I poured myself a glass of wine; I don’t drink wine, but then again, I didn’t bake either. I just wanted this meal done and ready to go on the table.

I checked the clock, I had plenty of time. I started to relax when I noticed that I didn’t smell anything. Shouldn’t the house be filled with the delicious aroma of cooking fowl, I wondered?

No, no, no. I couldn’t have… I dashed for the stove.

Yes, I did. I’d forgotten to turn the oven on. I chugged the awful-tasting wine and desperately tried to think through the fog of failure.

My husband walked into the kitchen. “Anything, I can do?” he asked.

“Yes,” I said. “I need you to run to the grocery store. It’s open until 2:00.” I made a list: cornbread muffins, four boxes of any kind of frozen vegetable in a cheese sauce, butter, and another bottle of wine.

After he left, I took the room-temperature turkey out of the oven and cut the legs off – perfectly. I put them into the microwave on the lowest level and let them get warm and steamy. Then, I wrapped the legs in foil and popped them into the (now) heated oven. I scooped the stuffing out of the bird and into a casserole dish to cook separately. Using a cast iron skillet, I carefully flattened the top of the bird without cracking the bone and slid it into the microwave.

By the time my husband arrived home, the bird had been pieced back together with a large skewer and heavy string and was roasting in the oven. 


The perfectly browned turkey (achieved with lots of butter and liquid smoke) sat next to a mound of steaming mashed potatoes.

I held my breath as my husband sliced the turkey and passed the platter. Was it dry? Thoroughly cooked? I inspected each slice as my guests put it on their plates.

“Pass the cranberry sauce,” my father said.

Kailey passed the bowl with pride. “Me and mommy made it ourselves,” she said.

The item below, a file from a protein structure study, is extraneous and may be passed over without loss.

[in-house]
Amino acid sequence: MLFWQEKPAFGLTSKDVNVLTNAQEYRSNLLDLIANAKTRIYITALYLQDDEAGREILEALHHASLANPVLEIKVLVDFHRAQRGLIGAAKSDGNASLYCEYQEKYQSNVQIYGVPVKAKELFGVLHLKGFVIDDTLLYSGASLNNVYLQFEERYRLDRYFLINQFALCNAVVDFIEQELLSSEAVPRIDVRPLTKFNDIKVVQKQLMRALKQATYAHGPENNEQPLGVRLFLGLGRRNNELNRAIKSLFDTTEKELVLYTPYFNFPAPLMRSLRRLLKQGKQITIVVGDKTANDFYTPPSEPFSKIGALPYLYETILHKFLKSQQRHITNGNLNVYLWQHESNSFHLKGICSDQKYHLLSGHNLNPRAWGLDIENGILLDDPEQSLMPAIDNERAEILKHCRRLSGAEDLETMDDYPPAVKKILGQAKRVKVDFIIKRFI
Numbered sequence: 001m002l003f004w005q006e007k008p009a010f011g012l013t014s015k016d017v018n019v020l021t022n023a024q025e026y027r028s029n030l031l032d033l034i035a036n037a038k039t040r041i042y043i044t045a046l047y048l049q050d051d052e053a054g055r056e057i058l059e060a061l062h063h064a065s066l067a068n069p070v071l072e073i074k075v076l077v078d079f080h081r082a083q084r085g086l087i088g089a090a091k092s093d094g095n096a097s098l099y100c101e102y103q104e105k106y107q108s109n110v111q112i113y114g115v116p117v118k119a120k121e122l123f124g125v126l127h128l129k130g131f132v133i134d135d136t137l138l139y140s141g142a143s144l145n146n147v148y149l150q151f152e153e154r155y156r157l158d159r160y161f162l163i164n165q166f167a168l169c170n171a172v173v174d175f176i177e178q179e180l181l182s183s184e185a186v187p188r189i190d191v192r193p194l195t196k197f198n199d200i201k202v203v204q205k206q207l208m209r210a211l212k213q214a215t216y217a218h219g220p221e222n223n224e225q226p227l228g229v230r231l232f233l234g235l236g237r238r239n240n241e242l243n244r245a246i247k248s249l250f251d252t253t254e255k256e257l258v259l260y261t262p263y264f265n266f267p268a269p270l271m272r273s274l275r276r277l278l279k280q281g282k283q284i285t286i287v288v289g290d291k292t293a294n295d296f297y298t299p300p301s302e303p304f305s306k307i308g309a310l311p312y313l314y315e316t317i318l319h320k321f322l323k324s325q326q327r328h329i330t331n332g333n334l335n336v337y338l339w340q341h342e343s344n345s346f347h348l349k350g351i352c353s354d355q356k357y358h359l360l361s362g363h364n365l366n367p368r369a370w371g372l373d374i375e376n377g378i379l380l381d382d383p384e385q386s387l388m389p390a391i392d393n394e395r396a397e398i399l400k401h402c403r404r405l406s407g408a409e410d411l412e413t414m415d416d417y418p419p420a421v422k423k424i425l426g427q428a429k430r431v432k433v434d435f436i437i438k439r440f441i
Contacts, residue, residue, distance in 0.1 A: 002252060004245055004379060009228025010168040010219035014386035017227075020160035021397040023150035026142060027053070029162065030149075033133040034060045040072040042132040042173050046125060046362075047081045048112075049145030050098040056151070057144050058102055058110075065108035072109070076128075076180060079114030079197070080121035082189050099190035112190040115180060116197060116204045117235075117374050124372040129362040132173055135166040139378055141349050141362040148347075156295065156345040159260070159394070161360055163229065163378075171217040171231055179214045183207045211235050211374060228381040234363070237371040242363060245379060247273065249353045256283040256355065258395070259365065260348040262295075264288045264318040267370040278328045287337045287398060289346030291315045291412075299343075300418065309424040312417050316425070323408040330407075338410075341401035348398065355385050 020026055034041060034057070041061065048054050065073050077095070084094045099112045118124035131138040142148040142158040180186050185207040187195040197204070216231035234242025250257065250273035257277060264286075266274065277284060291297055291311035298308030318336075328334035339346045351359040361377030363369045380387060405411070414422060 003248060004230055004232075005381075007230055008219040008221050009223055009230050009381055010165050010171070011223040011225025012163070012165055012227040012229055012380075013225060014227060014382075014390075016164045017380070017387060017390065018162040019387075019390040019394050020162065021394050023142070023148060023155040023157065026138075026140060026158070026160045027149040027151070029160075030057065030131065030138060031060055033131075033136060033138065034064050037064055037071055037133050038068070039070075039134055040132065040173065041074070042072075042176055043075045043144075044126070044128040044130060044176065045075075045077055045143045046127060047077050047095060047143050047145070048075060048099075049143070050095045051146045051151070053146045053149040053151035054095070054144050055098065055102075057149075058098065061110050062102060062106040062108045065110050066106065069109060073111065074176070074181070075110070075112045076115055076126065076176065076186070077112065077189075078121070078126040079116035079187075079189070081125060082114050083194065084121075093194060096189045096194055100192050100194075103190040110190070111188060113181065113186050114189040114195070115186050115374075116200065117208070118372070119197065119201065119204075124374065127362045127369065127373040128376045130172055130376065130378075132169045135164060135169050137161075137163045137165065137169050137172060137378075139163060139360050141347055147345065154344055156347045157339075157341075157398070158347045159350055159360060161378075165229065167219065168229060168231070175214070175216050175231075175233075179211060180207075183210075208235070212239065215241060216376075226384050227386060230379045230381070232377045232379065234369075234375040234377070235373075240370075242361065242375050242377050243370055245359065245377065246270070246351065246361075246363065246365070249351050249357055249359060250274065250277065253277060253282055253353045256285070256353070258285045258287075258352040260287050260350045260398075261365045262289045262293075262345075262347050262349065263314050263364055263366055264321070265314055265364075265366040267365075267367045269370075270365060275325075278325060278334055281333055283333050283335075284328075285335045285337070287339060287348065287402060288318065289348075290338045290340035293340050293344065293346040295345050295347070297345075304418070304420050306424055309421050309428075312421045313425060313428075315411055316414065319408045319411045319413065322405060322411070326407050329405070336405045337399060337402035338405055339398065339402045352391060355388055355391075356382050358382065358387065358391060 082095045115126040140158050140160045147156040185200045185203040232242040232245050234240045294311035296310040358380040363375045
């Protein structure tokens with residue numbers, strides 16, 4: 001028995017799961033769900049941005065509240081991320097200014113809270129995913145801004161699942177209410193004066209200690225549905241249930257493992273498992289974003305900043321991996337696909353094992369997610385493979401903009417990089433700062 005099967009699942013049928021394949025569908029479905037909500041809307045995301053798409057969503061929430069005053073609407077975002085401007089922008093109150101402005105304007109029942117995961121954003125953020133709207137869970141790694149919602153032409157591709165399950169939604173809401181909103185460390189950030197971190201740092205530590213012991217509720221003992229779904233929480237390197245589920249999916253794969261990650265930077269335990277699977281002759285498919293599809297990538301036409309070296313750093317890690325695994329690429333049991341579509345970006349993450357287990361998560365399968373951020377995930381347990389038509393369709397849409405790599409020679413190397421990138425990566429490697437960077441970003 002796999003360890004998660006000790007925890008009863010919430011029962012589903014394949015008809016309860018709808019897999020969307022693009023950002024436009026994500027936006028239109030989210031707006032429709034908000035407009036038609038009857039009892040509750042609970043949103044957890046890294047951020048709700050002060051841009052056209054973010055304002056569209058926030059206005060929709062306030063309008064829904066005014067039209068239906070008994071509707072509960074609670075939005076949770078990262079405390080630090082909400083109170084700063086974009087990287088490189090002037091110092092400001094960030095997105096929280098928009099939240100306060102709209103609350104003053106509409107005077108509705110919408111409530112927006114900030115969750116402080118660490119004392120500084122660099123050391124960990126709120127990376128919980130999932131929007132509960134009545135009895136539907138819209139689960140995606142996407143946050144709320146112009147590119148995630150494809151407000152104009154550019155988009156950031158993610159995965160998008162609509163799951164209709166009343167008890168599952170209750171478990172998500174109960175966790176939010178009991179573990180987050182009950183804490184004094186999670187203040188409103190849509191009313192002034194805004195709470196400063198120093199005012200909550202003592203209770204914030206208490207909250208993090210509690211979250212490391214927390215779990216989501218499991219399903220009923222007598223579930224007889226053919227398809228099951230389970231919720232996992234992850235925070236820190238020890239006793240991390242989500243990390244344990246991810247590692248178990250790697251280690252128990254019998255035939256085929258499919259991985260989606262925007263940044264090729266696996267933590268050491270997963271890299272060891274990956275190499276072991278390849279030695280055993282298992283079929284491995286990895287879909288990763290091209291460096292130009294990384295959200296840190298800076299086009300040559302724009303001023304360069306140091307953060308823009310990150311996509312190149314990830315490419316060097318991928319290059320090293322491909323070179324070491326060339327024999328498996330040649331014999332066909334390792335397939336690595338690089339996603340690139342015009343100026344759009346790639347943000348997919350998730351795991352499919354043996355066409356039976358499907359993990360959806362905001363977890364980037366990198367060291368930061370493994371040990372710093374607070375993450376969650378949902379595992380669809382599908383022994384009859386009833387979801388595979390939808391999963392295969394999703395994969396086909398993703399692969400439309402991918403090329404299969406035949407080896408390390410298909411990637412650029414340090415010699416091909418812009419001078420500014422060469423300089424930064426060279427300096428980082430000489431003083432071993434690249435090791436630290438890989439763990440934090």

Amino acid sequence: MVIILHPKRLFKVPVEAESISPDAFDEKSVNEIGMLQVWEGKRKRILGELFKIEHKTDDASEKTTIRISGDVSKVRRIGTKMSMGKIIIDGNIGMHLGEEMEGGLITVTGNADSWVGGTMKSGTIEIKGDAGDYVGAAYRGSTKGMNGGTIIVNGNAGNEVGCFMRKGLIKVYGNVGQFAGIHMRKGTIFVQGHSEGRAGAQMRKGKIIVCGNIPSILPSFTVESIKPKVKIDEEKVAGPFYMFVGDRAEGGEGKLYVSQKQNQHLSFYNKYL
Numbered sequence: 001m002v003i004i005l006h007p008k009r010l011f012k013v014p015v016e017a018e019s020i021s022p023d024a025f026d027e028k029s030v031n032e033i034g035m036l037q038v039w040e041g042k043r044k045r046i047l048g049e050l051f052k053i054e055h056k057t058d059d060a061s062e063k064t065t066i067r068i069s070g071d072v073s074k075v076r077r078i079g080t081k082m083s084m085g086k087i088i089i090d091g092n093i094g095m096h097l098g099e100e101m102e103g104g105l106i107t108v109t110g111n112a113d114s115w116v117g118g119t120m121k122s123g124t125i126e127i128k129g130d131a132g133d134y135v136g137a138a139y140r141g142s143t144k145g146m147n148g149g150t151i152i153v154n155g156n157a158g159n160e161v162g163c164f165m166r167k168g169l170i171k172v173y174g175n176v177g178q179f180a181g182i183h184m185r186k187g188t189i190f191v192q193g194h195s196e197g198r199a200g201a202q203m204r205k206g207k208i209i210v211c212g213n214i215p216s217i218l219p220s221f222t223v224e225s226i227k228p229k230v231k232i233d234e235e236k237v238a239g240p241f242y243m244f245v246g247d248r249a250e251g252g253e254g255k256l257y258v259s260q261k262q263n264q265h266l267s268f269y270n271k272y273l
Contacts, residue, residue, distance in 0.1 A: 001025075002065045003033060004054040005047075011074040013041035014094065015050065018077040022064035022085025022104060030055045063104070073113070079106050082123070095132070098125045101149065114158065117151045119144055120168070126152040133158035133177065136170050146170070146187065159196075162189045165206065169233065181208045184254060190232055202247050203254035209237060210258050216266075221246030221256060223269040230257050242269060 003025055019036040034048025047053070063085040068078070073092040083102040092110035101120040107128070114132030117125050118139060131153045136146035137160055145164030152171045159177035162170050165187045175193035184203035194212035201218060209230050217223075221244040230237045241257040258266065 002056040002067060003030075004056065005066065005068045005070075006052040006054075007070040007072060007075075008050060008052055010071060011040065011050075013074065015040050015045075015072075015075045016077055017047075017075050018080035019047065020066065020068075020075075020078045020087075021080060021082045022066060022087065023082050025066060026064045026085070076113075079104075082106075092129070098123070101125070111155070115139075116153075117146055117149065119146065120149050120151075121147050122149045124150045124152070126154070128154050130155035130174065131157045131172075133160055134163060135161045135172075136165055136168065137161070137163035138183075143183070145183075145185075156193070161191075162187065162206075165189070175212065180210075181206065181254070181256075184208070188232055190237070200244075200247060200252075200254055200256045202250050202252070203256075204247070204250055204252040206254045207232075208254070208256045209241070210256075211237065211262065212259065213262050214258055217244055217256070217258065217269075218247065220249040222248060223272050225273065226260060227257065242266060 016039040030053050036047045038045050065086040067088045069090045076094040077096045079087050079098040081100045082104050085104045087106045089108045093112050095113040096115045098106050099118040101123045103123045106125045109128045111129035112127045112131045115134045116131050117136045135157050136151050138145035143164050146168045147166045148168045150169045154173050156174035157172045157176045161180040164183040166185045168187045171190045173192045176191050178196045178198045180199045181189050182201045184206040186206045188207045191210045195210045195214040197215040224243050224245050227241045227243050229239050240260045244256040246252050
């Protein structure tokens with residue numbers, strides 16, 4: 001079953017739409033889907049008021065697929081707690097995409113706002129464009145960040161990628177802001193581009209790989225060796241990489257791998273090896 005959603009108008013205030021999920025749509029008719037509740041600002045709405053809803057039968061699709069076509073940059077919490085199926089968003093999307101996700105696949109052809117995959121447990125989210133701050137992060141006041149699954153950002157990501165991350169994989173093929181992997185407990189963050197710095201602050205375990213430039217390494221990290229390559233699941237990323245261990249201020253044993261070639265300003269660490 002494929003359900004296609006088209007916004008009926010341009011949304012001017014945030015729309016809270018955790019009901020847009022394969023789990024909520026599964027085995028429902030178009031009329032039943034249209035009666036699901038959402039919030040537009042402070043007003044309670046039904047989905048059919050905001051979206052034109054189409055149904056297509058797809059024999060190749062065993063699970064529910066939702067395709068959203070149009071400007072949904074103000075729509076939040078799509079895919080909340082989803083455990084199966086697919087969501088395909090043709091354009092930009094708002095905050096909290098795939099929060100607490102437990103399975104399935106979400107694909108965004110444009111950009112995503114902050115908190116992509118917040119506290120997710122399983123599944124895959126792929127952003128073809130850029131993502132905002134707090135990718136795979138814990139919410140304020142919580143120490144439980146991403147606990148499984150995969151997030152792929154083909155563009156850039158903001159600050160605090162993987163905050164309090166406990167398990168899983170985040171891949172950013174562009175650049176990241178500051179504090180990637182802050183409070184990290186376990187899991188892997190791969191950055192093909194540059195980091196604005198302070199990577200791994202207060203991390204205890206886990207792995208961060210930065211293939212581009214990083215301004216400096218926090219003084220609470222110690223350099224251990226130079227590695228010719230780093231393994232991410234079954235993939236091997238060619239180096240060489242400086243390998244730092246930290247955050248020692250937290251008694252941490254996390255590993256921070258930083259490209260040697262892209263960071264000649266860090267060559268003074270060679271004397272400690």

I cringed and picked up the butter plate. A smiley face looked back at me. I gave my son a silent thumbs-up.

I waited impatiently for the platter to get to me. I took my slice of turkey and tasted it immediately. It was good, really good!

I sighed with relief and added modern conveniences to the long list of things I was grateful for.

“Delicious,” my family proclaimed. Microwaved turkey – who knew?


  1. Nice again you hit a home run!!!! This is the story for a lot of us. I am thankful for family and friends. We are truely blessed. Thanks again for making me smile. Have a wonderful holiday season ❤️

  2. Loved this. I can really related. I have done Thanksgiving every year for 40 years. And I’ve learned to buy prepared now and no one knows. Love your stories.

  3. This story is what everyone can relate to. I still remember the first time I hosted my first Thanksgiving and giving Thanks that no one came down with food poisoning.
    Wonderful memories made and a tradition that still lives on!

  4. Great story, bought me back to the day I forgot to turn the oven on too 😞. It was a very late dinner. I agree with Diane, you hit a “home run”. Keep the stories coming!